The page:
Encourage children to pursue their own interests. Spend time paying attention to their strengths and help them pursue those passions. Parents want children to be involved, and they often pick activities and sports for them. This is OK as they are growing, but as they start to have their own voice, they should have more input on what extracurricular activities make them happy.
Be a good role model. Take time to think about decisions you are making, and show your children it is OK to make mistakes. Being wrong or vulnerable is not necessarily a bad thing. Children are paying attention to your reactions and responses, however.
So with the new school year just around the corner, education and social development are definitely priorities. However, let us not forget that psychological and emotional learning are just as important in shaping children to be healthy adults.
By Jordan Beach, MSW, Courier & Press, July 26, 2016 –
Does your child put things off until the last possible moment? Does he find other things to do when an important task needs to be completed?
When a child procrastinates it can be extremely stressful and frustrating for everyone involved.
As a parent you might feel discouraged when your child fails to complete tasks. It may feel like your child is being defiant or lazy, but in reality he is more likely bored or distracted from what he should be doing.
There are some simple ways to help your child get back on track and minimize the stress of completing tasks on time.
Allow your child to participate in setting up their after school schedule. This routine doesn’t have to have time limits attached; it could just be a list. Fun things should fall to the bottom of the list. Make sure they know they can’t move on to step B until step A is completed.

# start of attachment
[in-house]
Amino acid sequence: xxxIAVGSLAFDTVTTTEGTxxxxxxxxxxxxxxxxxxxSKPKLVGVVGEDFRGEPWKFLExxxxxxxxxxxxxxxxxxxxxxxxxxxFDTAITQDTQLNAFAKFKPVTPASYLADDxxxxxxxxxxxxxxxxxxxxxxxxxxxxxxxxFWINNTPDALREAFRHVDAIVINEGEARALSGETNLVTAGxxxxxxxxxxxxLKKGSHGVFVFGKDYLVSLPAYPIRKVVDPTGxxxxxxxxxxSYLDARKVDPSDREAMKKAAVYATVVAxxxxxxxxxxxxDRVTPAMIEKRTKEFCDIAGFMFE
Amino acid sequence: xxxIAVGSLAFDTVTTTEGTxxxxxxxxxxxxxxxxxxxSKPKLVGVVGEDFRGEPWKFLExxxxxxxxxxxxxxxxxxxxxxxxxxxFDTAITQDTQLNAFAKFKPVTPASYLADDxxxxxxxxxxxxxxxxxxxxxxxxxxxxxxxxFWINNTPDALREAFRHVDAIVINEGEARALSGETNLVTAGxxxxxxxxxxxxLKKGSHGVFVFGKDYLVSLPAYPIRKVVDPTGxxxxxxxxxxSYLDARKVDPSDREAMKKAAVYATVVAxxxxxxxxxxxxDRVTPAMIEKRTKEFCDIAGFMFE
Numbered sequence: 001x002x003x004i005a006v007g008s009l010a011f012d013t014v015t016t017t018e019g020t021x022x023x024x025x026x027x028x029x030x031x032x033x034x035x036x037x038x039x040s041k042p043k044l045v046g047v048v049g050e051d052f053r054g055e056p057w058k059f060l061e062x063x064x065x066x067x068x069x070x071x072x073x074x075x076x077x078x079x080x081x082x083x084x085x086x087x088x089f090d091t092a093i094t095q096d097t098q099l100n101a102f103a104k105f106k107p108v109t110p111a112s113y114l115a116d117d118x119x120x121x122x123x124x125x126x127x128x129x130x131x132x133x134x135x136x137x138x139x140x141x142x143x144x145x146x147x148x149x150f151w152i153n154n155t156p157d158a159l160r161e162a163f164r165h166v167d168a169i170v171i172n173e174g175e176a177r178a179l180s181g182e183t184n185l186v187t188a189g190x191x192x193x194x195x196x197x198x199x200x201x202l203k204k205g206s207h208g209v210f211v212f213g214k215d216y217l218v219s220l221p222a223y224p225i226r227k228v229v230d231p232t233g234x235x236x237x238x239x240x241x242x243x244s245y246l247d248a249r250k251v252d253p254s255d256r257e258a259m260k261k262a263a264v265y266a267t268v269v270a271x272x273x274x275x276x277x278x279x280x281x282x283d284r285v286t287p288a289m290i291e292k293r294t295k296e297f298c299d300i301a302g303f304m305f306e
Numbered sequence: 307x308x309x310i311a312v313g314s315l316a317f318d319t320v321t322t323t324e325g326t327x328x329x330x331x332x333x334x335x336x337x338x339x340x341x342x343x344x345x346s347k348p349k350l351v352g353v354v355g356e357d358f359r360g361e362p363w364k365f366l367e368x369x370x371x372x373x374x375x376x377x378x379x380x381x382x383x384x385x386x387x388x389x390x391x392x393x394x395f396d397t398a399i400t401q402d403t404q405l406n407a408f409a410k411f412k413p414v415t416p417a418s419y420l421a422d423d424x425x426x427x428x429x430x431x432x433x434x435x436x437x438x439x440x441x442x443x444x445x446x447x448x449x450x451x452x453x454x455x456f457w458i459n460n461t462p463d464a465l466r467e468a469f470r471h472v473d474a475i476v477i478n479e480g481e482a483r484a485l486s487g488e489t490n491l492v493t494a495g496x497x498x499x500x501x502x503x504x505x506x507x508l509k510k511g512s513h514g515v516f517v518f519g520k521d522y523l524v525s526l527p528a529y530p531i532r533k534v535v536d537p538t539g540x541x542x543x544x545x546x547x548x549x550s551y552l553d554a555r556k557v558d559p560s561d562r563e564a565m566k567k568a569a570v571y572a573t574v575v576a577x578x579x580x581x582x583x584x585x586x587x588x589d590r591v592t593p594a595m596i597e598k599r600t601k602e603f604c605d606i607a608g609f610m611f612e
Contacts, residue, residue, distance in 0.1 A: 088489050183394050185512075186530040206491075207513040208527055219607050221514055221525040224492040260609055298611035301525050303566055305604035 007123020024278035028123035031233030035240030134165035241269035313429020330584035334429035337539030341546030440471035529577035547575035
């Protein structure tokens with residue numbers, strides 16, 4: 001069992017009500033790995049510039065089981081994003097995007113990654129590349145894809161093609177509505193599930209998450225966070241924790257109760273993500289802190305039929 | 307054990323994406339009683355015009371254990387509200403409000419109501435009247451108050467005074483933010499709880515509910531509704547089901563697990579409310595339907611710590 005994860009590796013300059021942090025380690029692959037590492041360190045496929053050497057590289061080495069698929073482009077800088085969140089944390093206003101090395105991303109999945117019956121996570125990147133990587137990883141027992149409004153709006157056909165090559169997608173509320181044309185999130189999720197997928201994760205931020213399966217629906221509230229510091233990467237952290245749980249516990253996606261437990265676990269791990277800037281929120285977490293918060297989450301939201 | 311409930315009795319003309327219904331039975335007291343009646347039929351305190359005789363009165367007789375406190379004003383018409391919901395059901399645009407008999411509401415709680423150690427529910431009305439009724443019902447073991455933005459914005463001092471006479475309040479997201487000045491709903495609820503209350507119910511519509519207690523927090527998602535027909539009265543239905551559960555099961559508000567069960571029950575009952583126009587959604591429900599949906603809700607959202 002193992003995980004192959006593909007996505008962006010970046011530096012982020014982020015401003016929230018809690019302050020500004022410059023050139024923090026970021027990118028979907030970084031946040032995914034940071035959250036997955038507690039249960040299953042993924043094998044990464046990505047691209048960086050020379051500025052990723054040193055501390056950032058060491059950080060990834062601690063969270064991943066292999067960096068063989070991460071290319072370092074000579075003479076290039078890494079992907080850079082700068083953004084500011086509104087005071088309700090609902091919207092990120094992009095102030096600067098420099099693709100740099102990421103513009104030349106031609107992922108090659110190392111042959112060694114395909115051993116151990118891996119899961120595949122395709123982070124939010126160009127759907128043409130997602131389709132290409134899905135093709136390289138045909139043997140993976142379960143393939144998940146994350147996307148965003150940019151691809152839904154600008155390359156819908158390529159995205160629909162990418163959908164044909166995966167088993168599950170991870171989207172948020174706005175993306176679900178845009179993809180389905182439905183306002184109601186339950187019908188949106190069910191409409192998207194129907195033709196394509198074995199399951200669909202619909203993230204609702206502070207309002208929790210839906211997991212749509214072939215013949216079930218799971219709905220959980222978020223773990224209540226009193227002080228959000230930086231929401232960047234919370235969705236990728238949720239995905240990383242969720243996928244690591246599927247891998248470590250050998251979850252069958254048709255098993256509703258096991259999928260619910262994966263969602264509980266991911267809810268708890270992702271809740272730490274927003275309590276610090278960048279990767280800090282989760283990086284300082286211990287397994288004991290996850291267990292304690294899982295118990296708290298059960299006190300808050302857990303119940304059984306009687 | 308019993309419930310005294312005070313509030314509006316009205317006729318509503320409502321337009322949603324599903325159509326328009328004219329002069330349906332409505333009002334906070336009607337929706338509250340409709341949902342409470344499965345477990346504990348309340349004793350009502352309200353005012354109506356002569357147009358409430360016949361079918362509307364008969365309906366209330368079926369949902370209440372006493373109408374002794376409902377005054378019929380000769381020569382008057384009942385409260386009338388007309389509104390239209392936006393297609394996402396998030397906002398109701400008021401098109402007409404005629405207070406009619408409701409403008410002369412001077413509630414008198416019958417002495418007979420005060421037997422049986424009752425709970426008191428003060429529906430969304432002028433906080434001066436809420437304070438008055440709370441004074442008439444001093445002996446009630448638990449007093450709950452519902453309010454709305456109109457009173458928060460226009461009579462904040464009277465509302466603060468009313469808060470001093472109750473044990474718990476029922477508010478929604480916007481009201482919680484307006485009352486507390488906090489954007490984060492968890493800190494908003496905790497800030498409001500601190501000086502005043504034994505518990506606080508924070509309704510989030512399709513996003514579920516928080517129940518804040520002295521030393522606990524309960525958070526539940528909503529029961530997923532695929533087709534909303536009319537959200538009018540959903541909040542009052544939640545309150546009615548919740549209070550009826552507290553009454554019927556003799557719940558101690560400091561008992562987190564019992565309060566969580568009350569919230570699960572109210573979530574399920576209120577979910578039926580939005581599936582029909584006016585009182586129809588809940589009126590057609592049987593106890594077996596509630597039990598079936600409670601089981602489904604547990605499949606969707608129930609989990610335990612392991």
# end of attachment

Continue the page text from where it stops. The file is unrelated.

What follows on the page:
This will give your child something to look forward to and incentive to complete the tasks on the list. It is very important to stick to the schedule, however. If you allow your child to skip the “boring” parts one day, he will expect it every time.
Since your child will have a say in creating the schedule, the fun activities listed are things they actually enjoy. The schedule does not have to be set in stone; you could change activities weekly.
If you feel as though you are always giving out punishments or consequences, offer rewards instead when you see good behavior. Offer praise when you see your child doing even small things you like to see. Positive encouragement will boost self-esteem and make them feel more productive.
Be a positive role model for your child. It is much easier for them to procrastinate when they see parents procrastinating. By setting a schedule, staying in a routine and completing necessary tasks on time, you are teaching them important steps to being successful.
Give concrete instructions. Instead of telling your child to complete their homework, be specific and tell them to complete their spelling homework. This way there are no questions about what needs to be done, and they are able to focus on one subject at a time. If possible, break up homework subjects into different nights of the week to help prevent your child from feeling overwhelmed.
When asking your child to clean up, be specific about what you are looking for. If you ask a child to put their clothes away, there is a good chance the clothes will just get shoved out of sight. If you ask them to fold their clothes and put them in the dresser, they will know exactly what you are asking, and there is less room for a misunderstanding.
Procrastination is a learned behavior, which means that it can be unlearned. To help your child be successful, it is important for you to be consistent and a good role model of the behaviors you want to see.
By Tiffany Harper, MSW, Courier & Press, July 19, 2016 –
Living with and caring for a chronically ill family member is like going for a long run; it is a marathon, not a sprint. It requires a lot of understanding, endurance, energy and empathy.
Caring for the chronically ill impacts everyone in the home on some level. Relationships, household finances, personal freedom and functioning in general can all be affected.
If you are a caretaker, make sure you’re practicing self-care. Here’s how: